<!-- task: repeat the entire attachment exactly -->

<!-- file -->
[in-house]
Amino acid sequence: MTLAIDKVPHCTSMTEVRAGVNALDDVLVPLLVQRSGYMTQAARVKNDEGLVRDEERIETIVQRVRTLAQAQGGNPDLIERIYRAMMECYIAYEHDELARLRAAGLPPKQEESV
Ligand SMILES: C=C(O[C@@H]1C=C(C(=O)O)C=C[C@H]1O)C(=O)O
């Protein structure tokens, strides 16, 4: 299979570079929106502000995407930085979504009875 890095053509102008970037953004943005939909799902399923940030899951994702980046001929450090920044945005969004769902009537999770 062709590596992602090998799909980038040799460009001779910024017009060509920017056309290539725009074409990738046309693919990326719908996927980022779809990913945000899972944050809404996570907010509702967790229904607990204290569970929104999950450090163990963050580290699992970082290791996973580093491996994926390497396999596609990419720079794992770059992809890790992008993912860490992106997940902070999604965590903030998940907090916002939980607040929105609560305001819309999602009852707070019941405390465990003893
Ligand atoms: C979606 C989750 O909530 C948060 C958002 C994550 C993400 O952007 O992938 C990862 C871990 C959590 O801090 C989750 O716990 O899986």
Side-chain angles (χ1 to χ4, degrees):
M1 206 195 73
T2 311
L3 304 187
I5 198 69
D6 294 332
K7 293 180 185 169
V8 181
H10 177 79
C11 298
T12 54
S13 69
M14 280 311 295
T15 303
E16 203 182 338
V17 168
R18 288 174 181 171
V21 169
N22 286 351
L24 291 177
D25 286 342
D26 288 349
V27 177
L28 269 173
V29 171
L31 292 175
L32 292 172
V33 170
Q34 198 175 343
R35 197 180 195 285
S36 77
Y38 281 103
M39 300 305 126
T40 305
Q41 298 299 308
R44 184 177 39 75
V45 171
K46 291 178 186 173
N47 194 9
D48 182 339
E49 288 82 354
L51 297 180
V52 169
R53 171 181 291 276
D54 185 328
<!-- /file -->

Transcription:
[in-house]
Amino acid sequence: MTLAIDKVPHCTSMTEVRAGVNALDDVLVPLLVQRSGYMTQAARVKNDEGLVRDEERIETIVQRVRTLAQAQGGNPDLIERIYRAMMECYIAYEHDELARLRAAGLPPKQEESV
Ligand SMILES: C=C(O[C@@H]1C=C(C(=O)O)C=C[C@H]1O)C(=O)O
């Protein structure tokens, strides 16, 4: 299979570079929106502000995407930085979504009875 890095053509102008970037953004943005939909799902399923940030899951994702980046001929450090920044945005969004769902009537999770 062709590596992602090998799909980038040799460009001779910024017009060509920017056309290539725009074409990738046309693919990326719908996927980022779809990913945000899972944050809404996570907010509702967790229904607990204290569970929104999950450090163990963050580290699992970082290791996973580093491996994926390497396999596609990419720079794992770059992809890790992008993912860490992106997940902070999604965590903030998940907090916002939980607040929105609560305001819309999602009852707070019941405390465990003893
Ligand atoms: C979606 C989750 O909530 C948060 C958002 C994550 C993400 O952007 O992938 C990862 C871990 C959590 O801090 C989750 O716990 O899986």
Side-chain angles (χ1 to χ4, degrees):
M1 206 195 73
T2 311
L3 304 187
I5 198 69
D6 294 332
K7 293 180 185 169
V8 181
H10 177 79
C11 298
T12 54
S13 69
M14 280 311 295
T15 303
E16 203 182 338
V17 168
R18 288 174 181 171
V21 169
N22 286 351
L24 291 177
D25 286 342
D26 288 349
V27 177
L28 269 173
V29 171
L31 292 175
L32 292 172
V33 170
Q34 198 175 343
R35 197 180 195 285
S36 77
Y38 281 103
M39 300 305 126
T40 305
Q41 298 299 308
R44 184 177 39 75
V45 171
K46 291 178 186 173
N47 194 9
D48 182 339
E49 288 82 354
L51 297 180
V52 169
R53 171 181 291 276
D54 185 328